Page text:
That's because Locke - who this year ranks No. 4 in the United States after running 100 meters in 9.97 seconds - received a running uniform in the mail last week with USA printed across the chest.
"USA!" said Locke, who leaves Sunday with the national team for a sprint camp in Monaco and a chance to qualify for the World Championships in Moscow, Aug. 10-18. "Can you believe it? I'm living my dream. It's finally happening."
In 2009, Locke ran for Chamberlain and set state high school records in the 100- and 200-meter dashes, running 10.32 and 20.58 seconds, respectively.
After that, he went to the University of Tennessee and ran into frustration.
The first setback came in the fall of 2009, when he learned an online class he took in high school didn't meet NCAA standards. He was ruled ineligible, forced to turn in textbooks and was told he had to pay out-of-state tuition.
Locke fought the ruling and was able to keep his scholarship. As for running - the thing he loves more than anything - he had to sit out the 2009-10 school year.
In 2010-11 he got his first chance at the collegiate level, running in a Tennessee uniform as a redshirt freshman - and he tore it up. He earned All-America honors indoors and outdoors and was named Southeastern Conference freshman of the year.
Then . more frustration.
Locke's sprint coach at Tennessee, Norbert Elliott, was fired, which followed the retirement a year earlier of head coach Bill Webb, the man who had recruited Locke.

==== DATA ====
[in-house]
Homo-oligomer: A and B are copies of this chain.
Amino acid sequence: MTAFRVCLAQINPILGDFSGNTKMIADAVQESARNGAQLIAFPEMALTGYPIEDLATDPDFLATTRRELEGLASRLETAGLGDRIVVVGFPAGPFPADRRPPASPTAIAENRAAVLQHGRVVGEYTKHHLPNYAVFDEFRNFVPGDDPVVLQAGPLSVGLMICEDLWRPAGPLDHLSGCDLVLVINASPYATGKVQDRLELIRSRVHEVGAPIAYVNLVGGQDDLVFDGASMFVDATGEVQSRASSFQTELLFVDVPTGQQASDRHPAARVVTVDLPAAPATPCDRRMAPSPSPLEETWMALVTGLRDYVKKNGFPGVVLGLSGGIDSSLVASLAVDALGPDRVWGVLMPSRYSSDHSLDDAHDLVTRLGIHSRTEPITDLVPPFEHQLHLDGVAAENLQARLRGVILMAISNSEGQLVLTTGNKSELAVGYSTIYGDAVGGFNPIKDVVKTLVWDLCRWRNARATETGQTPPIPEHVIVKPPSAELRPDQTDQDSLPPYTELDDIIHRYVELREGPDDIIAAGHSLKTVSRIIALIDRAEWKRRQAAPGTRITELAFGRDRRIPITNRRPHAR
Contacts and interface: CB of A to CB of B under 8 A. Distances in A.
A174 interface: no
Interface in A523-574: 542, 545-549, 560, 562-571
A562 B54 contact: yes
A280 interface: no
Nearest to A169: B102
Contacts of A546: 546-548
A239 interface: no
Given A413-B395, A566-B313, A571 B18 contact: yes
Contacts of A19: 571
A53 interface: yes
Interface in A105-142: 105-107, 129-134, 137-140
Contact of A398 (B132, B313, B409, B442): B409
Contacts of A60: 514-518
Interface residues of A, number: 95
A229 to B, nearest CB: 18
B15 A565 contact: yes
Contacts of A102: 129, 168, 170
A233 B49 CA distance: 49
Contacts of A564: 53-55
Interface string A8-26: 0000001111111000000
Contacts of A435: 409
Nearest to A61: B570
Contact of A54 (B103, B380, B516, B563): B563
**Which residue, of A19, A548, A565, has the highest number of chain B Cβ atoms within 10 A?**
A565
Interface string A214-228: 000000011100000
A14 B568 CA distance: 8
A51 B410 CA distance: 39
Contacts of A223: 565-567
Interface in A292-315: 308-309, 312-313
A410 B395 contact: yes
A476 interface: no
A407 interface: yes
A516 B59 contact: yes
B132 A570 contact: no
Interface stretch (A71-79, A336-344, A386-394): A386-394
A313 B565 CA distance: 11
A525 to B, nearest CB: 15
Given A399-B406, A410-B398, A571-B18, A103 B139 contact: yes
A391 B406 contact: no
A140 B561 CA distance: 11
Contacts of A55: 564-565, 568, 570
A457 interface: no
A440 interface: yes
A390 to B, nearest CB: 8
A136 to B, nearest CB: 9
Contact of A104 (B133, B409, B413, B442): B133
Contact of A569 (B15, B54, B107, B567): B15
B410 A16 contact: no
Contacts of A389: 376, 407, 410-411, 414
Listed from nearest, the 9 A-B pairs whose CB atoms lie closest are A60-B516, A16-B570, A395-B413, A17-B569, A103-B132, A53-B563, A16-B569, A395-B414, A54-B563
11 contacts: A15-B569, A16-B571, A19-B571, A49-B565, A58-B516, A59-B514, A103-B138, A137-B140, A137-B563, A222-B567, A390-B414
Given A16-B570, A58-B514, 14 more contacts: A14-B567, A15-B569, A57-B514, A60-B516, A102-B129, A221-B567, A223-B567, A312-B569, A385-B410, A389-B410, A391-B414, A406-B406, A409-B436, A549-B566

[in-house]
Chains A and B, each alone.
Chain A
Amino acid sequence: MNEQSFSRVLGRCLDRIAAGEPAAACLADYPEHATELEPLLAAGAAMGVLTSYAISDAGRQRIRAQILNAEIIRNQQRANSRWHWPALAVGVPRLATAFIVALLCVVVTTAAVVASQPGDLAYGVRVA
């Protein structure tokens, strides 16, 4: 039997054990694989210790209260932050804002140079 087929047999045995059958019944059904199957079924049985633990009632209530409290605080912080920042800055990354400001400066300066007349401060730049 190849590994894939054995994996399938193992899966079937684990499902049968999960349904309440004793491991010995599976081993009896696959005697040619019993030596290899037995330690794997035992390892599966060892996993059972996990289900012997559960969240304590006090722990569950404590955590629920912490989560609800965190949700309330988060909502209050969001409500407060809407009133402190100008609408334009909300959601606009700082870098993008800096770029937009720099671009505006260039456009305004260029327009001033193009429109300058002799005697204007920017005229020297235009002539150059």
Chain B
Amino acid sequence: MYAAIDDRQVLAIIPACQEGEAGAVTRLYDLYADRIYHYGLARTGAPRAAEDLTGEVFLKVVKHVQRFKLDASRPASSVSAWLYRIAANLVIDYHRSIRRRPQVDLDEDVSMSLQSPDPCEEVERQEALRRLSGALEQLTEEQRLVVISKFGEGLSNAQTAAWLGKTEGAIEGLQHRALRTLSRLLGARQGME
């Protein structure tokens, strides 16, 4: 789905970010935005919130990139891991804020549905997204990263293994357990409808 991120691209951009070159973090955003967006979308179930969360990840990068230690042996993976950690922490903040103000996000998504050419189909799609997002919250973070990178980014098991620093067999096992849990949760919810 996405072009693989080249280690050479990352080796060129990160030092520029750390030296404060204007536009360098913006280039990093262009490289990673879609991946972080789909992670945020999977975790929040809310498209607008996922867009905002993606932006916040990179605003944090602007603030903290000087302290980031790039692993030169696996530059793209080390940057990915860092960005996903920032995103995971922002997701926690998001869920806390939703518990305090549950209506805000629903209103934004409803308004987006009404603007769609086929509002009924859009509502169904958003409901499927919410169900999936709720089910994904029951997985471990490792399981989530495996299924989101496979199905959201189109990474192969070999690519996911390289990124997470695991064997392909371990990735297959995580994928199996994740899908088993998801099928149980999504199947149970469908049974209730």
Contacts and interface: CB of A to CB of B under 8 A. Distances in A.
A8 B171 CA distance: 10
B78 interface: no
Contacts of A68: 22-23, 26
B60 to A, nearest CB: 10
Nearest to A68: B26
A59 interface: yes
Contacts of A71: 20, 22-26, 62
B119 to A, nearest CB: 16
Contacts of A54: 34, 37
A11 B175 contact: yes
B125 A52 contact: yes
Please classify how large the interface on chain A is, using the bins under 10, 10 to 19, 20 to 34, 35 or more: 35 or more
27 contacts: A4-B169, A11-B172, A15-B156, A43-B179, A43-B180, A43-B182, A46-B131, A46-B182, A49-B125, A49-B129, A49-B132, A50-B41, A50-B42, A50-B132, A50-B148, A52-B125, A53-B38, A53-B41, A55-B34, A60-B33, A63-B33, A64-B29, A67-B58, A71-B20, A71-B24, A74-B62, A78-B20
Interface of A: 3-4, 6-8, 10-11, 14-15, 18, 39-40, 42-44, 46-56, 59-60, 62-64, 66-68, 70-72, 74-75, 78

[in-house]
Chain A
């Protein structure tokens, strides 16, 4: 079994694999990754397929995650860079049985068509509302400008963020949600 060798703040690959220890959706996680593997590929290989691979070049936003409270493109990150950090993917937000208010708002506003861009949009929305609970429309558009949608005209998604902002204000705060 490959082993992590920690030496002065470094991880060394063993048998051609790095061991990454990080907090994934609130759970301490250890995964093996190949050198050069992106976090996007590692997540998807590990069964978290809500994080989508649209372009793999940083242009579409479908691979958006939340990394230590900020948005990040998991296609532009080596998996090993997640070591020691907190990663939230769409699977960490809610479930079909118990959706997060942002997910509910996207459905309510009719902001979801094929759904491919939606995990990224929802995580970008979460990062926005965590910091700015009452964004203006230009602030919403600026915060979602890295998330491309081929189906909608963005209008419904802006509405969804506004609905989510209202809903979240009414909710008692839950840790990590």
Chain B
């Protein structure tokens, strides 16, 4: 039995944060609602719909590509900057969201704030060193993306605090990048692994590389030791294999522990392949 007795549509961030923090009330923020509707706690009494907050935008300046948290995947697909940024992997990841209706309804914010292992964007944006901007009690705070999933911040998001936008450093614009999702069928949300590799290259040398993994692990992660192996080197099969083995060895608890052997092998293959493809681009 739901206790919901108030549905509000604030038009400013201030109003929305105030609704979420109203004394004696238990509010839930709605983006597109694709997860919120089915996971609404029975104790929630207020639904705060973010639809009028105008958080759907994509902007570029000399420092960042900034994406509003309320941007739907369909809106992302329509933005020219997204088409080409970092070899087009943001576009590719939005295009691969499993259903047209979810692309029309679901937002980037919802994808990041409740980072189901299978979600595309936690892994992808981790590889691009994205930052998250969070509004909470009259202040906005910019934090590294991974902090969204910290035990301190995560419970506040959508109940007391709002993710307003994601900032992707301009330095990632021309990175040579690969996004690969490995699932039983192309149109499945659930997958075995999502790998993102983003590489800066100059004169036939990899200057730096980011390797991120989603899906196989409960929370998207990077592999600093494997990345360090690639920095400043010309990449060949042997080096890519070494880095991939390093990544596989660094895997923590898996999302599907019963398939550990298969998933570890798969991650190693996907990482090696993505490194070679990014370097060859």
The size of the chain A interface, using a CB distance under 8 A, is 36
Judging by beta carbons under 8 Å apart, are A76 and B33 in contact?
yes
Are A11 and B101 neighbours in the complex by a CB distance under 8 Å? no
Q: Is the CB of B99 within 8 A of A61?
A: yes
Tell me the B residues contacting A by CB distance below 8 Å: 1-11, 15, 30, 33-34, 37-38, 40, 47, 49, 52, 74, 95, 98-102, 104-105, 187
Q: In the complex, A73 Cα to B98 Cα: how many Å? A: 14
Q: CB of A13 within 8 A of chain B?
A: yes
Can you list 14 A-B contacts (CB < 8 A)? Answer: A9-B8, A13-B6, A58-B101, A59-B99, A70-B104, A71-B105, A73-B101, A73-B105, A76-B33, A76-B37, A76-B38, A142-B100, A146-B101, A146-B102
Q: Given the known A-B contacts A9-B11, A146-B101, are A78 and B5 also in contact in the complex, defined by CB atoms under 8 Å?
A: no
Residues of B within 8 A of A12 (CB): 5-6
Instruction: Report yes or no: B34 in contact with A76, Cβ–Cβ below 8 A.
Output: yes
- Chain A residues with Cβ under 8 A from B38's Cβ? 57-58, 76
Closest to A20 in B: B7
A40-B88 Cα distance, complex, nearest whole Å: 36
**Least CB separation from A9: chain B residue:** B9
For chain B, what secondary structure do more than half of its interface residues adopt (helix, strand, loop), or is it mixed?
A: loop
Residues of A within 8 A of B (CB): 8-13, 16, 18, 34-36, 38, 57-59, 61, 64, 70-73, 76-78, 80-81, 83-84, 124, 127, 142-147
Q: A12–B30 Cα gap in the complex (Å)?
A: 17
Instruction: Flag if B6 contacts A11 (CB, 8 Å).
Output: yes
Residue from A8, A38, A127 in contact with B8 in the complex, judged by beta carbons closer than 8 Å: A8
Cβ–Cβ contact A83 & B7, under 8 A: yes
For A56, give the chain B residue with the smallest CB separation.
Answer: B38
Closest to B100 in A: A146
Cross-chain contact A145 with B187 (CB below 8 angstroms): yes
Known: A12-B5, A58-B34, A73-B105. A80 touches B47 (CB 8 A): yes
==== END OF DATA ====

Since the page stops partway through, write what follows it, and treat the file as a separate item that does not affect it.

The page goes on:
After that, Locke asked Tennessee for a release from his scholarship, but the Vols denied the request, which meant if Locke transferred he would have to sit out another year.
Locke obtained an attorney in an attempt to gain his release, but he eventually let it drop. He headed to Florida State, where he had to sit out the 2011-12 school year.
Then . success.
In 2012-13, Locke earned All-America honors, running the 60, 100 and 200 meters while placing second in the 100 meters at the NCAA nationals in a wind-aided 9.91 seconds.
Officially, his 9.97-second time in the 100 at U.S. Nationals was the fastest time for a college athlete this year and No. 8 all-time on the college level. The 9.97 is also the seventh-fastest in the world this year.
"I am pleased, but I'm far from finished," said Locke, who announced this week he is returning next year to FSU, a place that has become near and dear to his heart. "Now I'm ready to work even harder, get stronger and run faster."
One goal is to break the NCAA 100-meter record of 9.89 seconds, set by former FSU star Ngoni Makusha in 2011.
The goal appears attainable, because Locke not only has room to gain core and leg strength, which could lengthen his stride, but he could also refine his start.
Get those things down and watch out, says Locke's former coach at Chamberlain, Hansford Johnson, who still talks to Locke nearly every day.
"The difference between (Locke) and some athletes is that he has the talent, but he also loves, loves, loves running and he appreciates every moment surrounding it," Johnson said. "When he got that USA uniform, you should have heard him. He put it on to see how it fit and he was taking pictures with it on and sending the pictures out.
"I mean, it makes you feel good to see an athlete like that appreciate his talent and his sport that much. It's awesome."
Through the ups and downs, Locke, 23, never lost his passion.
"I couldn't stand sitting out those two years, but I still loved it," Locke said. "I even looked forward to practice, lacing up my spikes and working at it. I was so excited to run my first race in January (at FSU) that I literally packed my bag in October.
"Now I get to pack up an official USA uniform. It doesn't get much better than that."